7. Don’t go to a wake on an empty stomach. No mourner is allowed to consume more than three sandwiches, of any size, at a funeral home within the Commonwealth. For years, any service of food or drink in the home was prohibited; however, the laws have loosened a little bit so that cold beverages and light snacks may be served to make mourners more comfortable.
6. The United States Supreme Court has been involved in two Presidential elections in the past. In addition to Bush versus Gore in 2000, the Supreme Court was also involved in the 1876 race between Rutherford B. Hayes and Samuel Tilden. If the current election continues to be as emotionally charged as it currently is, it’s not unlikely that this election also requires judicial intervention.
5. One town in the Commonwealth does not allow residents to buy, sell, or possess squirt guns. The same town also prohibits the use of silly string and ownership of more than two dogs. It sounds like a dreadful place to live if you are a kid; fortunately, the Target in that town seems to be more pro-fun than compliance and usually carries two out of the three in stock.
4. Negotiations can occasionally be very similar to the opening scene of Wedding Crashers. People sometimes lose sight of the bigger picture and fight over “small” things, like license plates. We understand when emotions take over, because it is a highly emotional time and there can be a strong connection to personal property. The best attorneys will defuse negativity and keep parties focused on resolution. However, to date, neither of us have crashed a wedding (yet).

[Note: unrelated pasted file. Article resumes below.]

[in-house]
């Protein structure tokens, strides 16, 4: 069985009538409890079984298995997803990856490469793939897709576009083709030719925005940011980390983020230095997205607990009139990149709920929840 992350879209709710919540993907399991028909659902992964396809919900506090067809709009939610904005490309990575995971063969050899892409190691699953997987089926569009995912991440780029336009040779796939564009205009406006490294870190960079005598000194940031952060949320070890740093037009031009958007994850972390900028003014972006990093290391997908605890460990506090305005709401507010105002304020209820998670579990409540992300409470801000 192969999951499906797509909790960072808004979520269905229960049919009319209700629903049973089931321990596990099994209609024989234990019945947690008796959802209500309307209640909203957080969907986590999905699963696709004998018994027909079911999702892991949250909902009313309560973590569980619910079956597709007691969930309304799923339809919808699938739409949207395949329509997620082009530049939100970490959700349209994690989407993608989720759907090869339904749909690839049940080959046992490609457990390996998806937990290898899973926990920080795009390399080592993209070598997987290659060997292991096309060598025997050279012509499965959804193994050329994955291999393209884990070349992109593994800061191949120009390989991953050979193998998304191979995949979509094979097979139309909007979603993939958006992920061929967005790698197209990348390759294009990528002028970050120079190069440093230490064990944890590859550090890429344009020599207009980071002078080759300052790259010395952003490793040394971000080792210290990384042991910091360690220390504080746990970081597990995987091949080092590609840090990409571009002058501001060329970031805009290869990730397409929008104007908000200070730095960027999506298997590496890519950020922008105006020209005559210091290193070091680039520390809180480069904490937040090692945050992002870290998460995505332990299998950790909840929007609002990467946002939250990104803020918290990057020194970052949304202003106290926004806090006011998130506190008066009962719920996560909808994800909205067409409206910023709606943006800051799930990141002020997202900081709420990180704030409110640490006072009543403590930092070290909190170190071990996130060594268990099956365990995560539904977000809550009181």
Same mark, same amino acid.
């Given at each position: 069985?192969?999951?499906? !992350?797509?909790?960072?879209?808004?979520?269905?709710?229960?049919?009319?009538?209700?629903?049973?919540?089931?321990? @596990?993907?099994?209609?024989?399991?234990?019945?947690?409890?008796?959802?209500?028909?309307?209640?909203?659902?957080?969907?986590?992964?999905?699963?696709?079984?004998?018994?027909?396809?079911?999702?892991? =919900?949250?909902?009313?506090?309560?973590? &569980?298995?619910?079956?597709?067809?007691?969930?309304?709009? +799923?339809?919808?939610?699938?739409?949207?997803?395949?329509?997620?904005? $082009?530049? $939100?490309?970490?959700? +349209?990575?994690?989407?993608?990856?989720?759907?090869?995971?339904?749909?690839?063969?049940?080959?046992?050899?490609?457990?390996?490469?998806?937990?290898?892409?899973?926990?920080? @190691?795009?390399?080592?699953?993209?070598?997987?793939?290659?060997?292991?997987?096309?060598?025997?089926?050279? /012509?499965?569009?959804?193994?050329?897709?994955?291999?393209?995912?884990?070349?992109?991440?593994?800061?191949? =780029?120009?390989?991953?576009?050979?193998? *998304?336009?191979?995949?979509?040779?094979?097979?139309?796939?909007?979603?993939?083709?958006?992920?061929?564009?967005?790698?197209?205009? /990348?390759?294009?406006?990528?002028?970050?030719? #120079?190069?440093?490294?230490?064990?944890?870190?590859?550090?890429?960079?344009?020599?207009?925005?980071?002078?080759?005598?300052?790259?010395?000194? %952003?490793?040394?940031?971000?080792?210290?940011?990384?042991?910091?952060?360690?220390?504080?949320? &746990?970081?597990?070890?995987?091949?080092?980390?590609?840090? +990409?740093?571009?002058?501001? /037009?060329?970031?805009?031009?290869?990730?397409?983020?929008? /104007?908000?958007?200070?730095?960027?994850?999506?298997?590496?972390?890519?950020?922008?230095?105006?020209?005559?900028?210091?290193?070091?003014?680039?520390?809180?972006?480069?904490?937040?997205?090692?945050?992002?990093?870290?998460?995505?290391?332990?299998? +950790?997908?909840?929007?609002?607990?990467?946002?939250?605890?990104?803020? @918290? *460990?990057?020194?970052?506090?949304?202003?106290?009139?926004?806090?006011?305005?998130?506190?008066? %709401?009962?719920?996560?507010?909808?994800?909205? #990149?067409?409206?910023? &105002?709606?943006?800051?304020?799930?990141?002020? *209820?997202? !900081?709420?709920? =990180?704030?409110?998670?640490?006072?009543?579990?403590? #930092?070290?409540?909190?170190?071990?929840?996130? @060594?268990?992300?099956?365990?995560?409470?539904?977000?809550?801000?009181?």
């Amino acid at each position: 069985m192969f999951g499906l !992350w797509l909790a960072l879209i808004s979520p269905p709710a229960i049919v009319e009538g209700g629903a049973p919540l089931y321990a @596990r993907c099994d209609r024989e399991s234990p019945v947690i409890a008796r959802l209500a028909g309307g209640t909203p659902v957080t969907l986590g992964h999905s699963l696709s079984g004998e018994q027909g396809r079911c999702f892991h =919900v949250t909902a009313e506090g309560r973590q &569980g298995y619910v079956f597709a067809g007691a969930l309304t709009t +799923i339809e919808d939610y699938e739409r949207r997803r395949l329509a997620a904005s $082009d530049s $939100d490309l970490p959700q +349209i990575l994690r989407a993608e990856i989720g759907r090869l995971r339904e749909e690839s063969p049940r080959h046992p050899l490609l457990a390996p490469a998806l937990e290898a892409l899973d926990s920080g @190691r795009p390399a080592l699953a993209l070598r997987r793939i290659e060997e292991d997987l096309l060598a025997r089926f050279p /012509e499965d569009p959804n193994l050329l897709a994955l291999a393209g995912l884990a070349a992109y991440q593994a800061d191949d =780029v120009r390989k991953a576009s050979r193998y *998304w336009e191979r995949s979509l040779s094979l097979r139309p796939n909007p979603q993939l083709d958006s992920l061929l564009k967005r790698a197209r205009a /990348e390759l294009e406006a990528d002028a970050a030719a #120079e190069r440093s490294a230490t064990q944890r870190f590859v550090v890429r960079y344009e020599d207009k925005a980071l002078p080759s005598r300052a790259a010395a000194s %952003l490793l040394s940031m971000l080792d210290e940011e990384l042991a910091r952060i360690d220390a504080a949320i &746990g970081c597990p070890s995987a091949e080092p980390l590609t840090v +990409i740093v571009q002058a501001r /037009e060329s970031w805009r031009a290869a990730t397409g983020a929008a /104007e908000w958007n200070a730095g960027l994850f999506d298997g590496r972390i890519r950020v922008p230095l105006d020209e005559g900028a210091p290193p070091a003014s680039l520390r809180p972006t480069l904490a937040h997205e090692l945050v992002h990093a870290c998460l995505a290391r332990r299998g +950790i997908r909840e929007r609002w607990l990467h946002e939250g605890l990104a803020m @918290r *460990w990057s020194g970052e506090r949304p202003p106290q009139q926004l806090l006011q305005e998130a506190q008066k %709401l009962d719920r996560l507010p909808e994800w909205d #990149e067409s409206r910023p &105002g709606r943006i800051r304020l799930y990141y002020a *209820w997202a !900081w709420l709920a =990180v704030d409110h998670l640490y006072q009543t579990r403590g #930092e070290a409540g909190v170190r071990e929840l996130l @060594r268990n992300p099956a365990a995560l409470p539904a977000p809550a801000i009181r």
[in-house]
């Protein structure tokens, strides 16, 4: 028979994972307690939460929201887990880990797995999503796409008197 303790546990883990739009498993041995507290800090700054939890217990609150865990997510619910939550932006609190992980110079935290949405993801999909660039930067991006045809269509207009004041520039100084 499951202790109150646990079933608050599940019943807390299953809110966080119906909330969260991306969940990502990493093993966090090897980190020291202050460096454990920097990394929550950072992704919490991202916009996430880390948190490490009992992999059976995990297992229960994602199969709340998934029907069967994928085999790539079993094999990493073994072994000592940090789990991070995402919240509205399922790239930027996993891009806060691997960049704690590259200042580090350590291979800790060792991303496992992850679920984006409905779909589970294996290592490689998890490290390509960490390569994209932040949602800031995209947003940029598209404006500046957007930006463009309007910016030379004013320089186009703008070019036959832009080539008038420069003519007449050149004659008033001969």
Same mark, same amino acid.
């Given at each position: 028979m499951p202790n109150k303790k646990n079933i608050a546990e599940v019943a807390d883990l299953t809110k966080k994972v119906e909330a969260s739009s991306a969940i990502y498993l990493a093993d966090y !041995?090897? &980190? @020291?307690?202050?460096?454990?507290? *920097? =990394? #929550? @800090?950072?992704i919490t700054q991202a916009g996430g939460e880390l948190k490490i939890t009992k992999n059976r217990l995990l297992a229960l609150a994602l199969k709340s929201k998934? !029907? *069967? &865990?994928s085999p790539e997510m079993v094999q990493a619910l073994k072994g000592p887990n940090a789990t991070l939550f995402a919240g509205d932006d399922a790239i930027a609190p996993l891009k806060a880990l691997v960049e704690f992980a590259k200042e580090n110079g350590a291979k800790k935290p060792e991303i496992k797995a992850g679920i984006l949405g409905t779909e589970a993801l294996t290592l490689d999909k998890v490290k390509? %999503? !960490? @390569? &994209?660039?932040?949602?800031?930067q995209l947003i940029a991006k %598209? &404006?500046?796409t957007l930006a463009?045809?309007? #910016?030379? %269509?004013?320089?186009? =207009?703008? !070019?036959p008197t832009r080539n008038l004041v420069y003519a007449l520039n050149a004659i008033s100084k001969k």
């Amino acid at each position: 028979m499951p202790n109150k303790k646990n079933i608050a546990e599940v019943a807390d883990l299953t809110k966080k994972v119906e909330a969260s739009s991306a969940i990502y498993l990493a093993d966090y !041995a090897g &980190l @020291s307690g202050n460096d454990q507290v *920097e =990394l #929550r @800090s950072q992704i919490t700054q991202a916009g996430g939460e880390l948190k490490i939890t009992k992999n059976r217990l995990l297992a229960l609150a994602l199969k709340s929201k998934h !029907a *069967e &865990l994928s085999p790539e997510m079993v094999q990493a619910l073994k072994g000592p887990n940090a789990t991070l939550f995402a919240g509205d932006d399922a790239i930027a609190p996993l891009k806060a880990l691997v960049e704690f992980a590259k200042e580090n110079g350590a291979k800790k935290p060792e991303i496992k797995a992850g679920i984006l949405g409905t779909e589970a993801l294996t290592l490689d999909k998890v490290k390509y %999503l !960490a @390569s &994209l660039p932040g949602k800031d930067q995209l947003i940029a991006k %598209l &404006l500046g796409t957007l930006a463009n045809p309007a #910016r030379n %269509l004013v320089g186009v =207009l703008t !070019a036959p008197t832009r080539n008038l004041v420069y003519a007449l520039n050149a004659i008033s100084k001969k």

3. Sometimes, it does just depend. When attorneys respond “it depends,” we aren’t trying to avoid answering a question. More often than not, our answer often requires additional information for a more specific answer. Even the slightest tweak in facts can change our overall impression about a situation and the likelihood that a ruling or resolution will be in our client’s favor.
2. Dancing to or singing only a portion of the Star Spangled Banner is prohibited anywhere with the Commonwealth; however, singing off-key, while arm in arm in arm with friends, to Sweet Caroline is strongly suggested.
1. We are so excited to announce the opening of the Law Office of Weiner Jackson & Simmons, P.C.! We founded the practice based on our belief that a team of hard working, client- focused, determined professionals can provide a higher quality more personal service to our community. Please check out our website and follow us on Facebook.


North Attleboro Plainville Wrentham Bristol Norfolk Real estate child support custody divorce real estate homestead title insurance Attleboro lawyer legal law office modification contempt estate plan planning will power of attorney old republic title company living will Norton Franklin Bellingham Canton Easton Marin School Association Representative Town Meeting Junior League of Boston Contractor Disputes Personal Injury Landlord Tenant  Deed paternity South Attleboro Cub Scout pack 65